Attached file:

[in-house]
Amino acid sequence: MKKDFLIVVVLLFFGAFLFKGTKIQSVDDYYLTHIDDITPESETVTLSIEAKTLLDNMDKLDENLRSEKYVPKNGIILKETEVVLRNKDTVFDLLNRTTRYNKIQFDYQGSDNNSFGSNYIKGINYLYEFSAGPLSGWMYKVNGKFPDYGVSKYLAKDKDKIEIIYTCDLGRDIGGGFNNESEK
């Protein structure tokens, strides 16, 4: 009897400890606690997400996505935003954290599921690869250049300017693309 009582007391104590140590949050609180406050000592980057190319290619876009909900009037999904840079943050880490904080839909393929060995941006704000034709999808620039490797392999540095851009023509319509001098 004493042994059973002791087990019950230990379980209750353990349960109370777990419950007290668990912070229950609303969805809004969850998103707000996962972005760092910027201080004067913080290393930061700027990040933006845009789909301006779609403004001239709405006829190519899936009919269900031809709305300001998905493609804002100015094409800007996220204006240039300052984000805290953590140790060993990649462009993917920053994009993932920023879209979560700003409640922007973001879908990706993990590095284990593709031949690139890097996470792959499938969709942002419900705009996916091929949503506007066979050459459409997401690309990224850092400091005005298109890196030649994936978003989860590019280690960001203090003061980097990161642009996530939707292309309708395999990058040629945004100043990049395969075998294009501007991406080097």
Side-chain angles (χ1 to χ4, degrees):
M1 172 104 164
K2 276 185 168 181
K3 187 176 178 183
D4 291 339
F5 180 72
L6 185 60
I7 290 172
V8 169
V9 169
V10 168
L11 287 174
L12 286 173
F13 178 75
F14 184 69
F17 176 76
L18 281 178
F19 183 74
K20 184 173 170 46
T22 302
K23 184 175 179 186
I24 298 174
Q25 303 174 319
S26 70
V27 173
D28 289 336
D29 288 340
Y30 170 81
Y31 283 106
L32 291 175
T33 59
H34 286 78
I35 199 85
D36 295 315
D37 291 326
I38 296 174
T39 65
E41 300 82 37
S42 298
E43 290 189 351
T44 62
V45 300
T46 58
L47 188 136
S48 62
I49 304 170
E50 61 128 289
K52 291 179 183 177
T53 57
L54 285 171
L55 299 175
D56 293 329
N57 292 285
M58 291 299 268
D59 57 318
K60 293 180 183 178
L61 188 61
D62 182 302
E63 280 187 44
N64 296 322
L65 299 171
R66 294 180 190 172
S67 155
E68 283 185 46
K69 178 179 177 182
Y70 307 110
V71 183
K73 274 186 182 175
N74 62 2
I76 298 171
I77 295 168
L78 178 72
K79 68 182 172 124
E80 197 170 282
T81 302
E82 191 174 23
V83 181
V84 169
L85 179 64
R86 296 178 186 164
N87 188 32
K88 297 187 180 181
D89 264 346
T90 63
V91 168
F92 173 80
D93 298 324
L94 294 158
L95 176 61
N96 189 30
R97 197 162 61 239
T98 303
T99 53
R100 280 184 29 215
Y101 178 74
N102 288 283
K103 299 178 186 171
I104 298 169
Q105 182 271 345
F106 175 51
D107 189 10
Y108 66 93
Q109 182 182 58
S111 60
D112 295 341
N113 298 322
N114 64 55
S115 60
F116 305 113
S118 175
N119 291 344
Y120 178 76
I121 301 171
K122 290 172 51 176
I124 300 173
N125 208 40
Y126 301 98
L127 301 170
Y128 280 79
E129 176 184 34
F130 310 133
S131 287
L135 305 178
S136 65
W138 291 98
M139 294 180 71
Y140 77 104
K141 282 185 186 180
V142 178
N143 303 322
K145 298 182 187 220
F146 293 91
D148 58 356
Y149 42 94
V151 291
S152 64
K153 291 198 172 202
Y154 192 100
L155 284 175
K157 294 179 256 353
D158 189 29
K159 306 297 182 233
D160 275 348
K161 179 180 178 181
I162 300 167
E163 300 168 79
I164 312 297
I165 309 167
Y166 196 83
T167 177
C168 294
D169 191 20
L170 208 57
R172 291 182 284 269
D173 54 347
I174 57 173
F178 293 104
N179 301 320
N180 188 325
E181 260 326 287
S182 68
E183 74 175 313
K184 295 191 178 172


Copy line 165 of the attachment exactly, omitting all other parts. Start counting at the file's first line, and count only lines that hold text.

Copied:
E183 74 175 313